“I like that cello line. It reminds me of Jump, Little Children,” Etheridge says, referring to a former South Carolina band that earned regional popularity.

Hicks thinks the title should be changed.

“I know what you’re saying that ‘Holding On’ has been written,” Crosby says. “I’ve written it myself. But that’s the theme of the song, holding on to that thin thread.”

Crosby writes with Etheridge and Hicks, separately, a few times a month, but this is one of the first times the trio has written together. Writing from scratch is something Nashville’s professional songwriters do daily. Crosby and Etheridge co-wrote “Jackson,” a song that has been played on Lightning 100, Nashville’s independent radio station.

“It’s been slow, but we’ve been working,” Etheridge says.

“To be on Lightning 100 within a year of getting here, I don’t think that’s slow,” Hicks tells him. “But it’s always slow when you’re in the trenches trying to push the rope up the hill.”

Hicks says he once pitched a song to Keith Urban on his iPhone. Hickes has written for Johnny Cash, Kenny Chesney, Blake Shelton, Miley Cyrus and Jessica Simpson. As they walk down the wooden stairs of the office building heading for a lunch break, they each hum “Holding On.” Is it going to be in their head for the rest of the day?

“Hopefully, for the rest of our lives,” Hicks says.

‘I got to have a shot’

Noshville is a restaurant on Broadway frequented by songwriters and executives.

“There’s Joe Fisher over there,” Crosby, who is sitting at the counter, says of the Universal Music Group Nashville executive. “I’m going to go over there and shake his hand real quick. I’m going to meet with him in a couple weeks.”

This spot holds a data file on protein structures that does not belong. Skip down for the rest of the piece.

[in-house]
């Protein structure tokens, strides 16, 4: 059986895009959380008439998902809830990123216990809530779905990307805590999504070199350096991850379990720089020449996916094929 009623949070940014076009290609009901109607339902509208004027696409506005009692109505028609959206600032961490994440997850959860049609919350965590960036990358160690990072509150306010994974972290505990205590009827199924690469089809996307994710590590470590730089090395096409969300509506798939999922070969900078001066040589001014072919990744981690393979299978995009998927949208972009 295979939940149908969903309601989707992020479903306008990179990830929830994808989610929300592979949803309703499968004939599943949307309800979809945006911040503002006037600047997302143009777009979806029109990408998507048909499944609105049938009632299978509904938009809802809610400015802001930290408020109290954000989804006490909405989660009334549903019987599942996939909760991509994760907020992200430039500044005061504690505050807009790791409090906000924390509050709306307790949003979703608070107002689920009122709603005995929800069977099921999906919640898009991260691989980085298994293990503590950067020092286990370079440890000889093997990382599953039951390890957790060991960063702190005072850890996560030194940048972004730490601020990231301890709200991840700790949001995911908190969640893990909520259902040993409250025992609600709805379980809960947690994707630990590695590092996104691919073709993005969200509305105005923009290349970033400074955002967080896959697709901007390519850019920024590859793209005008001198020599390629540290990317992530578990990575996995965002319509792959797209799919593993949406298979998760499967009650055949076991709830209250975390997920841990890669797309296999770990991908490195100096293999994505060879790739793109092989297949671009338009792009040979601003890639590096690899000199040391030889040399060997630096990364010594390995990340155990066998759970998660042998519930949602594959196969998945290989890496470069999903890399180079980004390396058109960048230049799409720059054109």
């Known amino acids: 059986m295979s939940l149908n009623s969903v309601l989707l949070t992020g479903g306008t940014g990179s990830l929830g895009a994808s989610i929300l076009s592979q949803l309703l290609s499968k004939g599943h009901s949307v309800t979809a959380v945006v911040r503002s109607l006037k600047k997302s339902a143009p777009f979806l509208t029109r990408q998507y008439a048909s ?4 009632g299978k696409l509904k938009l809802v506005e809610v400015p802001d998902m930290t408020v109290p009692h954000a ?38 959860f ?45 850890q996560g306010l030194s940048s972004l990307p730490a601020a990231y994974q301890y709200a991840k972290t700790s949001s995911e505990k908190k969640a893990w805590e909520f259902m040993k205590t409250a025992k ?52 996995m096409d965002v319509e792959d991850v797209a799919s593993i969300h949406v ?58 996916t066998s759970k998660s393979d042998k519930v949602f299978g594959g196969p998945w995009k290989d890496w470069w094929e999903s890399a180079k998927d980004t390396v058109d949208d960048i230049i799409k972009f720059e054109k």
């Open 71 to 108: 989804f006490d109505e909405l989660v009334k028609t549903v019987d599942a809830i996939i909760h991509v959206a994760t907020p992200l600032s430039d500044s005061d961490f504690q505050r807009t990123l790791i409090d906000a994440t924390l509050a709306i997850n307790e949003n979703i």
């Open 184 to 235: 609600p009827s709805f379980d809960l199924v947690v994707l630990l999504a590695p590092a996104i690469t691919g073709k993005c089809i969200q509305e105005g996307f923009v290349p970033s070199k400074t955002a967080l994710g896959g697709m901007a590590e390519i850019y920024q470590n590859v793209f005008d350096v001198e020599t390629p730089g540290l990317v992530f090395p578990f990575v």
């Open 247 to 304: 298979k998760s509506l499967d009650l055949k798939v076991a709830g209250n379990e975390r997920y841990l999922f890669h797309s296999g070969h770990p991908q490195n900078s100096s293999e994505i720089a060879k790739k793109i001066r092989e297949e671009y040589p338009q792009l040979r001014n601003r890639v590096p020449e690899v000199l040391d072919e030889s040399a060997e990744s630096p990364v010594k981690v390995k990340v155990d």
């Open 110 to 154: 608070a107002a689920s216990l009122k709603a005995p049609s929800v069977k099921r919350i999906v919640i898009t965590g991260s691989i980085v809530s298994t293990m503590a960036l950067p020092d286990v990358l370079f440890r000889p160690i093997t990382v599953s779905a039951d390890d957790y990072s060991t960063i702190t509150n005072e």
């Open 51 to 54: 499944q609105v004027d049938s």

Jim Catino, a Sony Music Nashville executive, is also dining at the hot spot for breakfast and breakfast meetings.

“The only thing wrong with Noshville is that they don’t have grits,” Crosby says a few days after the “Hanging Out and Holding On” writing session.

He moved here in 1984.

“When guys like Dave Olney would come through to play Greenstreets ... and when I’d meet these folks they would inevitably say, ‘Sooner or later, you’re going to move to Nashville because you’re a good songwriter and that’s where you’re gonna go,” says Crosby.

Crosby, who attended USC before dropping out to focus on music, had something most songwriters trying to make a living off music don’t have when they start out: financial backing. Larry King and Bobby Vinson actually offered a few hundred dollars a month to support Crosby and his family, says Crosby, who moved to Nashville with his wife, Pam, and son, Matthew.

“So many people have to come up here and park cars or wait tables, work on a loading dock, whatever it takes, and I was able to come up and sort of walk into Nashville as a professional writer,” Crosby, 58, says. “I was barely making chicken feed, but it was better than nothing. We were always able to go home every couple of weeks and work a long weekend.